Beginning with the concepts of stress developed by Selye, an approach to stress and pain management, known as neuro-emotional technique (NET), has been developed. It is a treatment approach based on the principle that the stressor effects of dormant and/or current unresolved issues or trauma are what determine one’s bodily responses. These responses are relatively personalized to the conditioned, experiential and emotional reality of the individual.
To determine the effect of NET on patients with chronic low back pain (CLBP) over time.
Design, setting, participants, and interventions
In a randomized, double-blinded, placebo-controlled study conducted in a single clinic, NET or control treatments were given twice weekly for 4 weeks in a population of 112 patients.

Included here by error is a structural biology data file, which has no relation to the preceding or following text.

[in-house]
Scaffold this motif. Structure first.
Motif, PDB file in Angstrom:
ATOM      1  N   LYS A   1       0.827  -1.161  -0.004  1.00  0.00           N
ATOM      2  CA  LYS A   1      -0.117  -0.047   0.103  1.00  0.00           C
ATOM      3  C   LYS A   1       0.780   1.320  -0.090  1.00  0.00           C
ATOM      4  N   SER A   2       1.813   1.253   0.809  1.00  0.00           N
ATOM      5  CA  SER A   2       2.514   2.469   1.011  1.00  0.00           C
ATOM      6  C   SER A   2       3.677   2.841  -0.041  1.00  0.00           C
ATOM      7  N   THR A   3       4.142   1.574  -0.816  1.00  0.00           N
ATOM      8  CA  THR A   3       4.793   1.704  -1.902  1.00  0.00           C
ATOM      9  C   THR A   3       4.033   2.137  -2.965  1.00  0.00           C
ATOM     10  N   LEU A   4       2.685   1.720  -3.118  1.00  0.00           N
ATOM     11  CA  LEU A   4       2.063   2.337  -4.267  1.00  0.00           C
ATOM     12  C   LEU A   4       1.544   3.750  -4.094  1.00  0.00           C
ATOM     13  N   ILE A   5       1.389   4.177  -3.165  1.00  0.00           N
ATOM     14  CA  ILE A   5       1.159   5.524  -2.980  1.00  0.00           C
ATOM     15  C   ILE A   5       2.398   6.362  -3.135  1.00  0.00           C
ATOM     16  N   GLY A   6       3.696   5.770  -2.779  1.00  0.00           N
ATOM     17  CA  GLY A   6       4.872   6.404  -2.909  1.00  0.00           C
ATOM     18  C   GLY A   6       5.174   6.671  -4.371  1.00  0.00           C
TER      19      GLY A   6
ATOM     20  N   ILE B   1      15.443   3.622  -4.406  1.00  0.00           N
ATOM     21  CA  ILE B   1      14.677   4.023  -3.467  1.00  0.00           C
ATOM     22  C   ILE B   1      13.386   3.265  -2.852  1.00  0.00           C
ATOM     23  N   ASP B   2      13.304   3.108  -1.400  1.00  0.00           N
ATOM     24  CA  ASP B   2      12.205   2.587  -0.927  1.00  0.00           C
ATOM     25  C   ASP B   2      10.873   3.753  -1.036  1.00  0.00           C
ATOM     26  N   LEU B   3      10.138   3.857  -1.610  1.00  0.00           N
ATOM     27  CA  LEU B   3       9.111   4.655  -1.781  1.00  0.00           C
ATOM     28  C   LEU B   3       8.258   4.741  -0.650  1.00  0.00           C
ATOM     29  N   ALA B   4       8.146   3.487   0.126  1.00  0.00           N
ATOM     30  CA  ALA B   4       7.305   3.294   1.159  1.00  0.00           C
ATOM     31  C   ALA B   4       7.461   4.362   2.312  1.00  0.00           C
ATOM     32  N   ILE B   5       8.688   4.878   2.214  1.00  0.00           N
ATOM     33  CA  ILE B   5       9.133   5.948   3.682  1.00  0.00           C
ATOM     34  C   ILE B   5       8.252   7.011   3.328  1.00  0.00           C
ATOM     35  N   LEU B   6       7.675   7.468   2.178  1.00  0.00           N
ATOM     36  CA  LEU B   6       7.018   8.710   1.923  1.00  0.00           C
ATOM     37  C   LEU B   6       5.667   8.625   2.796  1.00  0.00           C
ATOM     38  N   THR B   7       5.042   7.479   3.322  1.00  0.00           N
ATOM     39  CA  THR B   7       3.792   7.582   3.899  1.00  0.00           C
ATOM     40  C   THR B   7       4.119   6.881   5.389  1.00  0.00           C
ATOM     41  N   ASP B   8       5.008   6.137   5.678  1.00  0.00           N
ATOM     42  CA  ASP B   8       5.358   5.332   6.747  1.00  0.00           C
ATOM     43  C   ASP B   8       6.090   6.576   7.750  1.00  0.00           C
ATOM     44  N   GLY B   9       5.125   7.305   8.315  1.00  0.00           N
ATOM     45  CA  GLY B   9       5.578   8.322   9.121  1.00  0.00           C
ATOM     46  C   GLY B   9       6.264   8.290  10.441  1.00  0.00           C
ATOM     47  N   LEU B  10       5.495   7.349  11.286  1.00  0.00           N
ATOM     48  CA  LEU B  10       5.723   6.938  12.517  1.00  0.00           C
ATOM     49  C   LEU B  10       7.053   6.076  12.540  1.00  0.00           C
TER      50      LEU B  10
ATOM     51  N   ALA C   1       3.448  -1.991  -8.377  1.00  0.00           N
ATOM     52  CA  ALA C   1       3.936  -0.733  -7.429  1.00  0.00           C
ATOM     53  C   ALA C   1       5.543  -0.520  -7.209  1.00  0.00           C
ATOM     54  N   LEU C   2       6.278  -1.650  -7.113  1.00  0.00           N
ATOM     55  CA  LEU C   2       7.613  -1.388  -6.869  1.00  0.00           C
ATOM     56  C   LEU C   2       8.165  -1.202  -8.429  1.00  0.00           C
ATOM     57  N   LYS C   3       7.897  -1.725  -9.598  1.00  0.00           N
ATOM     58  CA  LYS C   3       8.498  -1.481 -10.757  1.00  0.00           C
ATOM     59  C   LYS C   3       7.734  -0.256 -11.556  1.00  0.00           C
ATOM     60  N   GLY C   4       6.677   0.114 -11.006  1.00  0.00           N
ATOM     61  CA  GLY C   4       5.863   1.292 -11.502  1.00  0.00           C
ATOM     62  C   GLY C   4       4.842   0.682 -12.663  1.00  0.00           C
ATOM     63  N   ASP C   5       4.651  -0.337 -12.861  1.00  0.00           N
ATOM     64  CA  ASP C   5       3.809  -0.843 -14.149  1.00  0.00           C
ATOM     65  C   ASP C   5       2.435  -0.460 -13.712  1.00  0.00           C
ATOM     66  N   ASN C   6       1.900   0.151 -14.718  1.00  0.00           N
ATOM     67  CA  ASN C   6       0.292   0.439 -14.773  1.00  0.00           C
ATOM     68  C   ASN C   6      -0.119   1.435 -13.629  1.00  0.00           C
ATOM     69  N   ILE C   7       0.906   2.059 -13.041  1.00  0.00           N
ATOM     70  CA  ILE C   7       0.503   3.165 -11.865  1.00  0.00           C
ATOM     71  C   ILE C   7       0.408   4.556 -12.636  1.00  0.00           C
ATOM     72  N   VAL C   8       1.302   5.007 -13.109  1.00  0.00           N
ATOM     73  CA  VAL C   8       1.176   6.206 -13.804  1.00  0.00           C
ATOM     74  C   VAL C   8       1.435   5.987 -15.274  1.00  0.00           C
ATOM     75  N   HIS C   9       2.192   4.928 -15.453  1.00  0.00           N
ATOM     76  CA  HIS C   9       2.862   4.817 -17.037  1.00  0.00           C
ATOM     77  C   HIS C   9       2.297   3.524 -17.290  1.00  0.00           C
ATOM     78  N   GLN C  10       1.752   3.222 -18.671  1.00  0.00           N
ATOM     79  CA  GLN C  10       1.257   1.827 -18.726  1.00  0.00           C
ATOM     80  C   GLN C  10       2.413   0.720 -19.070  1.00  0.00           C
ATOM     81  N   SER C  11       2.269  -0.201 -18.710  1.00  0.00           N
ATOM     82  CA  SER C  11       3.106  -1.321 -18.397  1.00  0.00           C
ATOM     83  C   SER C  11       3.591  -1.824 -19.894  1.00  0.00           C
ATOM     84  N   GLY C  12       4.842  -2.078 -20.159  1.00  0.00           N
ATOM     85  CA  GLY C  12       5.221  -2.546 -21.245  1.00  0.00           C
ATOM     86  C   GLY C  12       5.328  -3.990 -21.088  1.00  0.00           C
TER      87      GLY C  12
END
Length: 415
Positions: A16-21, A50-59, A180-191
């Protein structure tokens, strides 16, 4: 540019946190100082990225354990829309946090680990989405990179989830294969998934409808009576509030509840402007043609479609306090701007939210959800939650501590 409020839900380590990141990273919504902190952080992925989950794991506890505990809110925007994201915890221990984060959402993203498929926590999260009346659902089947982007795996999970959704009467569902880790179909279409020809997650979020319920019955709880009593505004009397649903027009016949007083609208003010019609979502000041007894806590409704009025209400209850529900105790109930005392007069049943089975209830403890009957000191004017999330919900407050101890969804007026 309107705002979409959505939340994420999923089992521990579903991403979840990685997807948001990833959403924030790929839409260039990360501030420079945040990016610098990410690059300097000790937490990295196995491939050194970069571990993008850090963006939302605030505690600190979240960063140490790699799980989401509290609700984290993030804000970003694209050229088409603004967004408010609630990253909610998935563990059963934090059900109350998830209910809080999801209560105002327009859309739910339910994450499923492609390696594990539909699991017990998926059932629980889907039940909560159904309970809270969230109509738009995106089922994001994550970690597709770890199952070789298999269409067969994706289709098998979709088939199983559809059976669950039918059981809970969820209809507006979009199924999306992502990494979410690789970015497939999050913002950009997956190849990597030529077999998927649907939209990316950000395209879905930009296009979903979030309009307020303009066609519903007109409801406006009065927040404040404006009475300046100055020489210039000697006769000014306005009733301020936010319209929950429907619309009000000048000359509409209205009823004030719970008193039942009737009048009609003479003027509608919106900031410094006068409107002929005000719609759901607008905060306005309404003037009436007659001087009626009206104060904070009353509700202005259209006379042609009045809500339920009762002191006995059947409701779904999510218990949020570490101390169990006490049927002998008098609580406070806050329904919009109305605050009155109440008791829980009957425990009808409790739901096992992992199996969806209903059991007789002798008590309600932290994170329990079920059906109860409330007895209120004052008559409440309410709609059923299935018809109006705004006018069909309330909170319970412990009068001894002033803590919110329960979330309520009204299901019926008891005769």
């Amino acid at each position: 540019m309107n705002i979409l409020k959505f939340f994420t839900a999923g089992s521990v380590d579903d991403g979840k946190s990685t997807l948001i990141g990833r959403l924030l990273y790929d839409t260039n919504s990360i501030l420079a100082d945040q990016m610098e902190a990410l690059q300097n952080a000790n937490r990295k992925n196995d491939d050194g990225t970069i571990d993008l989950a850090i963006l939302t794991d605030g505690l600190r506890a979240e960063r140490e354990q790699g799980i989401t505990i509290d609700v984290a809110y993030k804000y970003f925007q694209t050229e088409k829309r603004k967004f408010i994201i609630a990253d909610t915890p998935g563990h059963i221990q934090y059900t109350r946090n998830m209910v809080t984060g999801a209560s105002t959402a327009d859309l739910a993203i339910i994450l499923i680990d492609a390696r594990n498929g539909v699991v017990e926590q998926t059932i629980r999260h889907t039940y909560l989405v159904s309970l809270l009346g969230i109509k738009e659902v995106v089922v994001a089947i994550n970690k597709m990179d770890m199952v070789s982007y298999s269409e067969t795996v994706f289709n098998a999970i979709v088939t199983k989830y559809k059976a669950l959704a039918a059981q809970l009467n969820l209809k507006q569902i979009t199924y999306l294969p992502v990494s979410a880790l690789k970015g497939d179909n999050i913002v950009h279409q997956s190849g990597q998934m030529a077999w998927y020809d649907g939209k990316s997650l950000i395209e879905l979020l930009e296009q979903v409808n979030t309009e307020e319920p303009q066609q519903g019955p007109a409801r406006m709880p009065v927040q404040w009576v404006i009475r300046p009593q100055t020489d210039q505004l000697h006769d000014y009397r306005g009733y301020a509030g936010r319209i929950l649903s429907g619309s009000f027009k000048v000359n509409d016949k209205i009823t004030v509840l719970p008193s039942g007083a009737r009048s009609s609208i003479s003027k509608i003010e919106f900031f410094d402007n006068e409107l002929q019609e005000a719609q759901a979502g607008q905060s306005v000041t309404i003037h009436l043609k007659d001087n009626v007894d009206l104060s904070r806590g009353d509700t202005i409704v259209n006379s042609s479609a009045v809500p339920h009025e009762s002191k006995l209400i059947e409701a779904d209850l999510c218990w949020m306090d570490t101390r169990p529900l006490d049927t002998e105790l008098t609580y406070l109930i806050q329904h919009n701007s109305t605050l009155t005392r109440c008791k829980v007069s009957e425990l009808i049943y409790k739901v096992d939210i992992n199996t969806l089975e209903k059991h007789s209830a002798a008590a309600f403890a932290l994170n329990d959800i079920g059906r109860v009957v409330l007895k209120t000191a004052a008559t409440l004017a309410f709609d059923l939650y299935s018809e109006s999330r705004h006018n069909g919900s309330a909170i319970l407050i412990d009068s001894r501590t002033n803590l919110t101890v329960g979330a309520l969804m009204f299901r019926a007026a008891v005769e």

Main outcome measures
Outcome measures, including Oswestry Disability Index, Quadruple Visual Analogue Scale, the psychoneuroimmunology markers of blood serum levels of C-reactive protein, tumour necrosis factor-α, interleukin-1 (IL-1), IL-6, and IL-10, and 10 dimensions of the Short Form Health Survey scale, were assessed at baseline and at 1, 3 and 6 months following the intervention period.
Compared to placebo, NET produced clinical and statistical significance (P < 0.001) via declines of virtually all physiological, pain and disability markers, accompanied by gains in quality-of-life indicators at 0 (baseline), 1, 3 and 6 months. Reductions of the percentages of patients whose 5 biomarkers lay outside the normative range were achieved at 1, 3 and 6 months by NET but not control interventions.
A randomized, controlled trial of CLBP patients indicated that 8 NET interventions, compared to placebo, produced clinically and statistically significant reductions in pain, disability and inflammatory biomarkers, and improvements in quality-of-life measures.
The trial was registered with the Australian and New Zealand Clinical Trials Registry (No. ACTRN12608000002381).